Book Review

Book Review

Death on a Cold Night, by Jess Faraday

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It’ s a comforting evening to me when I can curl up in my chair with hot chocolate in one hand and a new book in the other. When I looked up from the fourth short story in Elm Books’ recent publication of Death on a Cold Night, “A Theft of Teapots,” I realized that two hours had slipped by and my own tea was untouched. Jess Faraday has put together a fascinating collection of well-written short stories, and though I’m not usually a fan of mysteries, I was smitten.

One thing that stood out to me was how real, and varied, the characters and locations of the stories were. While every story had deep, well-defined characters, the most notable example is Elvis in Lee Mullens’ “Burnt December.” He is a character that brings life to every scene he is in, and he is very real and very well defined in spite of the story taking less than forty pages.

One thing you expect from a short story is that it will, in spite of taking much less of your time than a full book, deliver a complete plot. None of these stories disappoint. In spite of their length, most of these stories have a twist at the end, as is expected, even hoped for, in the mystery genre. Several of the stories, notably Leonhard August’s “Storm of Mystery,” Mark Hague’s “In the Public Eye,” and Christalea McMullin’s “Club Pandemonium,” could easily expand into longer works. In spite of this, each story is succinct and comes to a satisfying, if unexpected, end.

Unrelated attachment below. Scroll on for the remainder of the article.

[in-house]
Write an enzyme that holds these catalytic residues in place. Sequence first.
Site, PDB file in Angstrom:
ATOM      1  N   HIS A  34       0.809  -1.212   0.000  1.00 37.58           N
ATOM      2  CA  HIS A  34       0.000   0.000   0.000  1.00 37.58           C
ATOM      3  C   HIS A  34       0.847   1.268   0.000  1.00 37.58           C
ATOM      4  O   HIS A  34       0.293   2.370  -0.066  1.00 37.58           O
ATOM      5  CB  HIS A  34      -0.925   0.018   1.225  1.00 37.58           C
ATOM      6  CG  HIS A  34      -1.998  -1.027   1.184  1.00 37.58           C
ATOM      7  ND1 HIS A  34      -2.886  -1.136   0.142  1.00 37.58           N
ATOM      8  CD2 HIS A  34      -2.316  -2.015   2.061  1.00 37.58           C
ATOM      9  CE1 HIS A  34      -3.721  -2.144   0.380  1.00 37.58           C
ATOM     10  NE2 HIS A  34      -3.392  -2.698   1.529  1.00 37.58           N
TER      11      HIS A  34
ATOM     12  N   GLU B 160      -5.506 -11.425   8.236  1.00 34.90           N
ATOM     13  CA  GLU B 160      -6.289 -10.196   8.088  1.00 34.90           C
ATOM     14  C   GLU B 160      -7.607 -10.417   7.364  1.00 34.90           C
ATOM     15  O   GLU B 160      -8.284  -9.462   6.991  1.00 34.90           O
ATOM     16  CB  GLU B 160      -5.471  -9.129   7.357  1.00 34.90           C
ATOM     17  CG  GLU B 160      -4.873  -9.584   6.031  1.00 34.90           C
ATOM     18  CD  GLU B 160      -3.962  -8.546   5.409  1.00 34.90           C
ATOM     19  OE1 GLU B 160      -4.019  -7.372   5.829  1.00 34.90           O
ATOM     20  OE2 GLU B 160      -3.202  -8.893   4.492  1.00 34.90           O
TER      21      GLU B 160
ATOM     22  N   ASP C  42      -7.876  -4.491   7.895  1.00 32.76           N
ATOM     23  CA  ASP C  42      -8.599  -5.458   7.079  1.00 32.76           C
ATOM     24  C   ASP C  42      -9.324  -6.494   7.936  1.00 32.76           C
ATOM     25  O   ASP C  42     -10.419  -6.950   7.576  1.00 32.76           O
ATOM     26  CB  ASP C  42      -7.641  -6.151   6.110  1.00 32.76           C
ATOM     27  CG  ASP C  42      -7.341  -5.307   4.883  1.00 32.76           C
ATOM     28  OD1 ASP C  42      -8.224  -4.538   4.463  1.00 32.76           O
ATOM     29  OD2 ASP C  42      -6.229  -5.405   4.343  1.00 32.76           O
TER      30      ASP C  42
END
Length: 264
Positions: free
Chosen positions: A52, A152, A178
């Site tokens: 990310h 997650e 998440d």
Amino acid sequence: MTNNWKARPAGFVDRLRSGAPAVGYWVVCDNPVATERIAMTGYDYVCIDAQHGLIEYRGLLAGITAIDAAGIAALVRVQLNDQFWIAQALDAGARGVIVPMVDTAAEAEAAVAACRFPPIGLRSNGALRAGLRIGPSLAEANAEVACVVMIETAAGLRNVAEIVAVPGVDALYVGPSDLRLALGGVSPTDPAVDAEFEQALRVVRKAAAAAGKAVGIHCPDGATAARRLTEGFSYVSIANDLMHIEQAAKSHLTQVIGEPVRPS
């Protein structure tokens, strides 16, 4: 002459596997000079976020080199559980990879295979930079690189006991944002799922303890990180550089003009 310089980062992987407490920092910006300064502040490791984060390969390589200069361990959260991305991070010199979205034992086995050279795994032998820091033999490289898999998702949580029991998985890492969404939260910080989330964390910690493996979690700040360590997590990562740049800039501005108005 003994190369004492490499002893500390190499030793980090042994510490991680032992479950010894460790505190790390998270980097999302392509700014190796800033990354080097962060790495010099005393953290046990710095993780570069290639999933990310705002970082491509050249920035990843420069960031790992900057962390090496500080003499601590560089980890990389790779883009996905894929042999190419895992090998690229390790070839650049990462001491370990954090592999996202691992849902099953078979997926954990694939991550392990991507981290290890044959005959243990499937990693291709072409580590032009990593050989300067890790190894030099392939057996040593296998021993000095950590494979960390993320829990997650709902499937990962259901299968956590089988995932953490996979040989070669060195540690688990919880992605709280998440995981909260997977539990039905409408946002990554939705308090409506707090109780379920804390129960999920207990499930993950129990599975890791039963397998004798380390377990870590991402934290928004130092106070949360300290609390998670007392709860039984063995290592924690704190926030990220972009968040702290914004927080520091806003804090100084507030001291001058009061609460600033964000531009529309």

Overall, Death on a Cold Night is a grand little gem, whether you wish for an introduction to mystery as a genre, or simply desire a short reprieve from your main course of reading.

Jason Deiss
Senior Contributing Editor
Open Window Review

Categories: Book Review, Issue 5 | Leave a comment

Book Review

Figures on a Beach, by Kirk VanDyke

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If you have ever simultaneously longed for and feared the weightless transience of living on the road, taking work where you can find it and living unencumbered by rent and routine, you will be, as I was, drawn immediately into the solitary life of John Jones, the complex protagonist of Kirk VanDyke’s short novel, Figures on a Beach, re-published by Elm Books in 2012.

Jones, having escaped the Wyoming winter in his 1970 VW bus and headed for the coast of Texas with $250 in his wallet, finds himself adrift, camping on a beach, looking for work during the off season and finding himself surrounded by a collection of strange, interesting, and sometimes dark beach dwellers with complicated stories and internal landscapes of their own. He is joined by Maggie, a dog who brings him a feeling of family and connection, and Cathy, an elegant, beautiful woman who has landed on his beach while following her own strange and unfocused desires for self-knowledge. On the darker side, this novel is also about the fault lines that run inside the human mind, as John Jones is accompanied by Ben and Brian, critical, abusive voices who erode Jones’ ability to function in society and occasionally reveal the extent of him own mental illness to those around him.

Figures on a Beach is not a pretty novel, not tied up cleanly with one thread and folded in the end; it is, instead, a real, substantial, thoughtful, and intelligent novel, and one that bares the intersection of love and longing, health and illness, and the desire to belong to something that the heart cannot quite identify.

Lori Howe
Editor in Chief
Open Window Review

Categories: Book Review, Issue 5 | Leave a comment

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